Moms, stop the mom shaming.
You are in the grocery store and a child starts to scream. Annoying. Let the mental judgements begin.
“That parent obviously doesn’t know what they are doing. There must be no discipline in that house. Who REALLY is in charge of that home?” You look down your nose and judge.
I know I did before I had kids, and then the Lord humbled me.
Note: This is the first post in a three post series.
Moms, Stop the Mom Shaming
I judged those grocery store moments until my first experience with my own child throwing themselves on the ground in Target. The stares began, and the eyes felt like they were reaching the depth of my insecurities. I was so embarrassed.
I felt very good about my parenting and everything that had led up to that point, but it didn’t stop the looks and possible judgements I was receiving at the moment.
That first tantrum in Target brought a sweet, “Good job, Mama, from the older woman standing behind me.” Bless that woman. We need more of that!!
My Target story is that I wouldn’t buy my daughter something she wanted. This was not out of the ordinary. Today, however, something was different in her mind, and she decided to pitch a royal fit about it.
Eventually, I got her up off the ground and we made our way to purchase the groceries and items I did have in my cart. She continued to scream.
I got down to her eye level and calmly explained that she’d never get things she wanted by acting like that, and even if she is fabulous it doesn’t mean she gets everything she wants. This came with an explanation that she was going to have a consequence when we left the store, and I followed through with that after we left. I felt like
I had done it right, but did that stop the judgement from the other people at the store? I’m not sure.
What we Need to Remember Regarding Mom Shaming
Yes, I used to judge. Confession: I sometimes still do.
As I have been humbled in parenting, my internal mom shaming occurs less and less.
The fact is, your kids are very different than my kids. Your kids are very different than the person with the screaming child in the grocery store in the aisle next to you.
The reality is, you don’t know their story. You don’t know that child’s temperament. You don’t know if that child’s special needs, and it’s hard to understand if that’s not your experience.
You may not know that the woman has just lost her husband within the month and the child their father. The daily struggles of parenting the mom is facing with her children is unknown to you. You don’t know squat about their history.
Parenting is hard enough. We need encouragers in this world. Moms, stop the mom shaming.
“Stop judging others, and you will not be judged. Stop criticizing others, or it will all come back on you. If you forgive others, you will be forgiven.” – Luke 6:37
Is there time for intervention? Of course! If there is a situation where a child is clearly being mistreated you have conviction to step in and become an advocate.
Is there a time to insert your opinions? Maybe, but we’ll get to how to do that in an effective way later.
Right now I have an easy child…AN easy child. I have three kids.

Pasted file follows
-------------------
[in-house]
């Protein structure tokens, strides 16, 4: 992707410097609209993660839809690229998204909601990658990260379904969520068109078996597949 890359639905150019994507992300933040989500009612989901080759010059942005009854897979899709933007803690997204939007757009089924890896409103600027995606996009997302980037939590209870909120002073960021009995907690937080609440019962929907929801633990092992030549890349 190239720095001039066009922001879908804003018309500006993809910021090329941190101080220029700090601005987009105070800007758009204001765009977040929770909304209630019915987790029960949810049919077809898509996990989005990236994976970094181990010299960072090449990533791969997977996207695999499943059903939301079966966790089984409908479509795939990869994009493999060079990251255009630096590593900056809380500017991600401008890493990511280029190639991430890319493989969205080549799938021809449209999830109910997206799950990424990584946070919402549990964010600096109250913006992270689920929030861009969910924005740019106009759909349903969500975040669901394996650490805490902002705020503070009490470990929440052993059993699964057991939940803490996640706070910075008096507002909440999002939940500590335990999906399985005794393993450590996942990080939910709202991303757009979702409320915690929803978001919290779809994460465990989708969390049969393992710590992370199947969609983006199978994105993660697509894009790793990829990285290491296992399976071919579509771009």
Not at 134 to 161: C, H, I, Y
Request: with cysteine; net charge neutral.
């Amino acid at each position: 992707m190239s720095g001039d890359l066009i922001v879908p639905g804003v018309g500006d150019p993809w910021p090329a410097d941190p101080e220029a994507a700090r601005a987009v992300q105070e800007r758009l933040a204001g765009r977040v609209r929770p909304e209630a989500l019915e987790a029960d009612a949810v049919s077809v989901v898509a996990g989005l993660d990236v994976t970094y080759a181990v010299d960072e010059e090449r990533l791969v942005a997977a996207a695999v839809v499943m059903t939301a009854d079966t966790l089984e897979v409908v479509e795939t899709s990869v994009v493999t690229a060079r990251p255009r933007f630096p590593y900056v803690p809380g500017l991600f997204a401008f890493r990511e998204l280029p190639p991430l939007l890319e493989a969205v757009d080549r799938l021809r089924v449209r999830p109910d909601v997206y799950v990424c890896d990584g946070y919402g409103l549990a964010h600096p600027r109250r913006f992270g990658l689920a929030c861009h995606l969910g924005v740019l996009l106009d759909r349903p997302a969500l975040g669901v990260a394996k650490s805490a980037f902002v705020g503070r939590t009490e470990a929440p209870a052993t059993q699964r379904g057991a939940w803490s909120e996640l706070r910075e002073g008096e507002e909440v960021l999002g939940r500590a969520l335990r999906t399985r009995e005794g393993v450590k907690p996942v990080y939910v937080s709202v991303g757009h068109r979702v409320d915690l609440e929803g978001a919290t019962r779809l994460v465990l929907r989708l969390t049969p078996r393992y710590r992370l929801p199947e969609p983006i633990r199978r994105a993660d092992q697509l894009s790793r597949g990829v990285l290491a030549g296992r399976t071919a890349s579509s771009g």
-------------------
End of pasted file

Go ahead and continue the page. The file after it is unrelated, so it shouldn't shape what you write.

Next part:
If I had three of this particular child, I would think parenting was the most cut and dry thing on the planet. If you do AB and C you produce XY and Z. I know parents who say, “My kids are just easy.” That just not everyone’s reality. It’s not mine.
There are such a variety of personalities out there. Some children are emotionally high strung while others are painfully shy. Some children are stubborn as a mule while others are curious and get into everything.
Children can be hyper, physical, pessimistic and challenging. All these behaviors can be learned behaviors. Nurture is a factor in behavior.
However, I have experienced that nature also plays a huge role. Brain expert, John Medina, wrote the book Brain Rules for Baby (Updated and Expanded): How to Raise a Smart and Happy Child from Zero to Five (affiliate link provided for your convenience), where he identifies that some kids are born with what he calls a “happy gene,” which helps them overcome when things get difficult. Some kids don’t have that gene.
Our children’s brains are simply wired differently. Yes, there are great parenting techniques to parent these personalities.
I have general principals that I like to share on Meaningful Mama that are things that are working for us.
There are “majors” to focus on like parenting to the heart, discipline, consistency, love, grace, you are the parent and the child is the child, modeling, etc.
However, we are all given individual cases where individual children will have different currencies, different responses to rewards vs. punishments, different eating and sleeping rhythms and different responses to the stimuli in their environment.
So, while I like to go into my parenting with a plan of action, keeping end goals in mind.
I also need to know that I need to be flexible enough to adapt to the different personalities I have been given. It is also critical to remember that my journey is not the same journey as the parent standing next to me.
Parenting is challenging enough as it is. We need to become a community that supports one another rather than tries to tear each other down because we think we are right. Moms, stop the mom shaming.
More Posts in my “Moms, Stop the Mom Shaming” Series
I am breaking up my posts about judging other parents into three posts. This one is encouraging moms to stop judging other moms. In the next post, I will give you 10 areas where we need to stop judging other parents. The final post will provide guidance of what to do instead of judging.